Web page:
Silverstone’s 50th grand prix proves a fine vintage

2014 British Grand Prix

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The 2014 edition of the British Grand Prix – the 50th to be held at Silverstone – did not disappoint.

The stage was set by a thrilling and unpredictable wet qualifying session, the result of which was a grid with several drivers out of their usual qualifying positions.

The race began with a delay of over an hour following a first-lap crash for Kimi Raikkonen which brought the red flag out for track repairs. Fortunately the Ferrari driver and those involved in the accident were unharmed.

Another intriguing contest between the two Mercedes was in the offing until technical problems forced Nico Rosberg out. But as that allowed Lewis Hamilton to claim his second home win, the crowd wasn’t too disappointed. It also narrowed the gap between the championship leaders to just four points.

The British Grand Prix received an average rating of 7.8 out of ten – the third-highest of the year so far. Here’s what F1 Fanatic readers thought of it:

Alonso versus Vettel

By far the best wheel-to-wheel action of the race was supplied by two drivers with six world championships between them: Fernando Alonso and Sebastian Vettel, who slugged it out for more than a dozen laps. However the persistent complaining from both drivers on the radio drew some criticism.

One of the best battles I’ve seen in a long time between Alonso and Vettel. Bottas put in a beautiful drive and there was plenty of action wherever you looked.

I thought it was a great race, there seemed to be plenty of action throughout. I loved the battle between Alonso and Vettel and I was laughing at the radio comments from them as it seemed every lap one one of them was complaining about the other one, hoping that a penalty would be handed out.

The fight between Vettel and Alonso, in my opinion, was highlight of the race. They fought for every millimetre of the track, the duel was just titanic.

It was a pity the drivers couldn’t avoid whining, because they’re such great drivers and should put their energy into racing.

Massa’s heroics

Felipe Massa’s lightning reactions potentially spared Raikkonen from suffering a much worse accident, as he pitched his Williams into a spin to avoid striking the damaged Ferrari head-on.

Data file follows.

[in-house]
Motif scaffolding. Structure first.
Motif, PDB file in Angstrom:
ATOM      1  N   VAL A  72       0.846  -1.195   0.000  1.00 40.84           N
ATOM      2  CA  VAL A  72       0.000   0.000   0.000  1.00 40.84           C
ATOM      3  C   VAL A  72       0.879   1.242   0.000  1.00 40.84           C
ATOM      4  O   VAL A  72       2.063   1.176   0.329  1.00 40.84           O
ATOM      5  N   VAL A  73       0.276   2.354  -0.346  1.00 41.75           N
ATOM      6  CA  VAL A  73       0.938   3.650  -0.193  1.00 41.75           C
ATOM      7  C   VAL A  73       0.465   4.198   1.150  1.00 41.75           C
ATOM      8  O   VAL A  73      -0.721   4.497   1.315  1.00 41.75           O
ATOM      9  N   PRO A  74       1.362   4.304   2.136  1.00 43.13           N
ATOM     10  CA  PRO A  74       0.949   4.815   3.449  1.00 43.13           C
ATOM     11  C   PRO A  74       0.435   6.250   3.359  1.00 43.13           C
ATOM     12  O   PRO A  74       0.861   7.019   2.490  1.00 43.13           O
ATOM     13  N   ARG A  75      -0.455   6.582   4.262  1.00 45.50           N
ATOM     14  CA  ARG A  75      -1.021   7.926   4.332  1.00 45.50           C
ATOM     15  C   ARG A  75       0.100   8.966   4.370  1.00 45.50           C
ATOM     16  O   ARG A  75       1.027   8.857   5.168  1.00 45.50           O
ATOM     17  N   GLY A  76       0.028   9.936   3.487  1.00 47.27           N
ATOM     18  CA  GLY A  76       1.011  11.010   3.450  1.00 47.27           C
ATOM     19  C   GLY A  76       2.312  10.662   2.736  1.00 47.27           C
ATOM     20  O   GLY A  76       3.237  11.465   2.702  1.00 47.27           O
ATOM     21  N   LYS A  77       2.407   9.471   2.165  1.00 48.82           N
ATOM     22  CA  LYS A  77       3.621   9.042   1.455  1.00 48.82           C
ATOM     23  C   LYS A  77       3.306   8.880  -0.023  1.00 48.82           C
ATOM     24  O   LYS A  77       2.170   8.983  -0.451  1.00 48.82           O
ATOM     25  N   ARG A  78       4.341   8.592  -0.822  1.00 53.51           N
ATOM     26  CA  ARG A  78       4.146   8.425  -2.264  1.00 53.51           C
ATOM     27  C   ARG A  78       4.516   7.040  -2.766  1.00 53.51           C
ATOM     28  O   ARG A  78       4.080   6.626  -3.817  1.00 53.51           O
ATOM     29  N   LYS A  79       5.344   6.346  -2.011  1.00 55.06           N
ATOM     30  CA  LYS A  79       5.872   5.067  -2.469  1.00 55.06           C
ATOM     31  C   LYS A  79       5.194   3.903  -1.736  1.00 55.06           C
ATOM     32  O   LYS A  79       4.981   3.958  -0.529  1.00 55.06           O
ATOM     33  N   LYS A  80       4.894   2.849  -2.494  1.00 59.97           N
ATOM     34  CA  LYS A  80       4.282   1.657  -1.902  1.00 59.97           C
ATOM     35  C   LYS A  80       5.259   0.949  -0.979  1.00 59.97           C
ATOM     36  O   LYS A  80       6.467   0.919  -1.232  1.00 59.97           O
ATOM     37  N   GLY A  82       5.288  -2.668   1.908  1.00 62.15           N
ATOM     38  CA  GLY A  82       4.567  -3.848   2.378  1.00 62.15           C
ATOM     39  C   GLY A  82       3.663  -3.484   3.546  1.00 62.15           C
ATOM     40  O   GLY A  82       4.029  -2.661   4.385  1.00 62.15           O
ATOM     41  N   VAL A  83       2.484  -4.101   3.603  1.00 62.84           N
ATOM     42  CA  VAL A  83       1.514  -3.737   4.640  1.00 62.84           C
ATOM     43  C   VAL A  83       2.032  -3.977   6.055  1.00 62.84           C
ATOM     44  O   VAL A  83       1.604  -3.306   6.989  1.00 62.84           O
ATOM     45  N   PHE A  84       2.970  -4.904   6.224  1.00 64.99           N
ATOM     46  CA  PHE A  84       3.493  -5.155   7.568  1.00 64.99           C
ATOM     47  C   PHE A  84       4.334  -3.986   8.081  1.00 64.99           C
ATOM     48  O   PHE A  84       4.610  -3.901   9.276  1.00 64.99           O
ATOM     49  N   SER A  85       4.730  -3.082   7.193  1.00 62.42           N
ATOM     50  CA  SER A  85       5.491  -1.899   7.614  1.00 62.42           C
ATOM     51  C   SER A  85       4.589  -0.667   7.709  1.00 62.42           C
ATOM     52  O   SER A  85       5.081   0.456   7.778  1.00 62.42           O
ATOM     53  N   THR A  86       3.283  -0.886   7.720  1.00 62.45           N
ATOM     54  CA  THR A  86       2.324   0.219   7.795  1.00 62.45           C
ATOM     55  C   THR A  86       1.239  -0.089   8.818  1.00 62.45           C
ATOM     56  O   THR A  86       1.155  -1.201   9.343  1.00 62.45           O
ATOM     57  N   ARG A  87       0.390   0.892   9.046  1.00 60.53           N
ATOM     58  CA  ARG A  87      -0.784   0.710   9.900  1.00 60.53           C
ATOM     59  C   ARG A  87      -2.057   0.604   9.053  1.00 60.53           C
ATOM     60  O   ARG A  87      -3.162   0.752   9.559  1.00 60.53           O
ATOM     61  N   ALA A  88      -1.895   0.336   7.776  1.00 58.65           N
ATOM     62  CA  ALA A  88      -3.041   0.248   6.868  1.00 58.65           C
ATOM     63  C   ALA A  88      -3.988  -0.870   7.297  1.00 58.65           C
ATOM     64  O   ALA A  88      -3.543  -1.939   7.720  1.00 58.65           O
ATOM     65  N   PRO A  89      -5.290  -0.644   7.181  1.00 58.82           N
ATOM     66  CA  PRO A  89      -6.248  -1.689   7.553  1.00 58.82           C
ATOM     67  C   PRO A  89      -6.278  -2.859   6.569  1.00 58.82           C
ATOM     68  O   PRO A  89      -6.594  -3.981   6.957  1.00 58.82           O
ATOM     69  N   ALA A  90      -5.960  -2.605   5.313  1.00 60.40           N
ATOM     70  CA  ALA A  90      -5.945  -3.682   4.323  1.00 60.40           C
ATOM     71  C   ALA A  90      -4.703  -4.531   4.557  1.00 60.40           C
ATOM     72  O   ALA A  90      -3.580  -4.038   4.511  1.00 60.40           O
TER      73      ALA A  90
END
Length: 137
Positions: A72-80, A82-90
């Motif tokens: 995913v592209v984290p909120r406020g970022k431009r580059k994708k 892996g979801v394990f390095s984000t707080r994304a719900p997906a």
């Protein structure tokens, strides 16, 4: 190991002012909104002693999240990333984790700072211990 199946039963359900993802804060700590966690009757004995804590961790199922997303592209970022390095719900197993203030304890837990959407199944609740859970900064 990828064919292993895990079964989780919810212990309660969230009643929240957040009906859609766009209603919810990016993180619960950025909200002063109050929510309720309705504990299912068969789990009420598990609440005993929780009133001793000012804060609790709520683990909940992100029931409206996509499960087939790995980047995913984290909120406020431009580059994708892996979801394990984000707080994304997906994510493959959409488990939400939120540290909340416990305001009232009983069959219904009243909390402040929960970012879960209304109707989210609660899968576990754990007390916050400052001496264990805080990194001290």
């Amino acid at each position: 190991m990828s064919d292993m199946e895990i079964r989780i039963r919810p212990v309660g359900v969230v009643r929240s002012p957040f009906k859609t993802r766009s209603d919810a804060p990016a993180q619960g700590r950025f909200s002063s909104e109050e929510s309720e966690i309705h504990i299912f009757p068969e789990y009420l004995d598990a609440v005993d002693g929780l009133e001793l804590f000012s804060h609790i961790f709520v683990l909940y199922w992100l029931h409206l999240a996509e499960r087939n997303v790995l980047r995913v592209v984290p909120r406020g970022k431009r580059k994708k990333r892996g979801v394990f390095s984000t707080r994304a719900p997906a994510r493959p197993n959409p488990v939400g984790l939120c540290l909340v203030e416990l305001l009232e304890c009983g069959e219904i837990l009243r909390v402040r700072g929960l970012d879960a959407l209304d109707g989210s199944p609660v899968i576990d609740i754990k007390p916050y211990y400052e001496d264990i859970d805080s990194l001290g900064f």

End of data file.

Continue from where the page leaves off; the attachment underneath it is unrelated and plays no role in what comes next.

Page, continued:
Impressed with Massa’s skilful avoidance tactics after Raikkonen went off.

One (well known) person interviewed after the race said Massa “locked up”. I beg to differ. It looked like he deliberately wrenched the car sideways to avoid T-boning Raikkonen’s car; in my opinion it was skill and quick reactions, not an error.

Respect to Massa for fast reactions. The onboard shot shows just how close he was when the Ferrari appeared in his view. I doubt anyone other than an F1 driver could have reacted so quickly. A tenth of a delay and he would have T-boned Raikkonen, and I don’t want to even consider what that may have caused.

What a quick and fully committed move by Massa. If the tyres were hotter he might have even avoided Raikkonen. I imagine that Massa doesn’t have many Finnish fans, so I hope that they noticed!

The view from the spectators

I don’t know how well the television coverage showed the race. But as a spectator, it was one of the best British grands prix I have been to. The support for not only Hamilton, but for Button and Chilton was fantastic.

The Raikkonen crash delay just heightened the expectation of the crowd. Bottas was brilliant. The battle between Vettel and Alonso was brilliant too. Involving Magnusson too for a number of laps.

There were battles all the way through the field. A cracking race.

I was there too, the atmosphere was truly incredible! Every time a British driver came past everyone cheered, whether it was Hamilton, Button or Chilton!

The noise is just not the same.

I was at the Austrian Grand Prix too, so have heard them for a total of five days now. The GP2 cars, and the GP3 cars are both louder than the F1 cars. The Porsche Supercup also!

Ear defenders are not essential any more. You can hear a lot of the race commentary over the speaker systems. Or with a radio and headphones you can hear all of the commentary. F1 has definitely lost something. It was well proven during the lunchtime display when Alain Prost drove last years Red Bull.

I certainly heard a lot of people around me complaining about the noise, however the quality if the racing was such that I didn’t really find myself minding.

I liked being able to actually hear the commentary at the track, and so while the old noise was great, the new noise is good too, for me it didn’t really affect the show.

No fight at the front

One unfortunate aspect of the race was that Rosberg’s retirement spoiled a potential battle for victory. This mattered more to some than others.

There were some absolutely fantastic battles up and down the field, notably between two drivers that share six world championships between them, and there were some very good strategy calls made today.

However, we were denied any sort of battle for the race lead due to Mercedes’ gearboxes, and we had a very long delay in which I did honestly get quite bored. It’s a fantastic result from a British perspective, yes, but from a purist point of view it was a pretty mediocre race.

No battle for the lead; the race winner result obvious since one of the two possible competitors retired, useless red flag stoppage that set the race back one hour for a trivial reason, was half-asleep during most of it.

Sure we had some really good passing as well as really good defending. But the race was decided by a gearbox issue, apart from that the fights were for lower spots.

F1 is now officially as boring as NASCAR.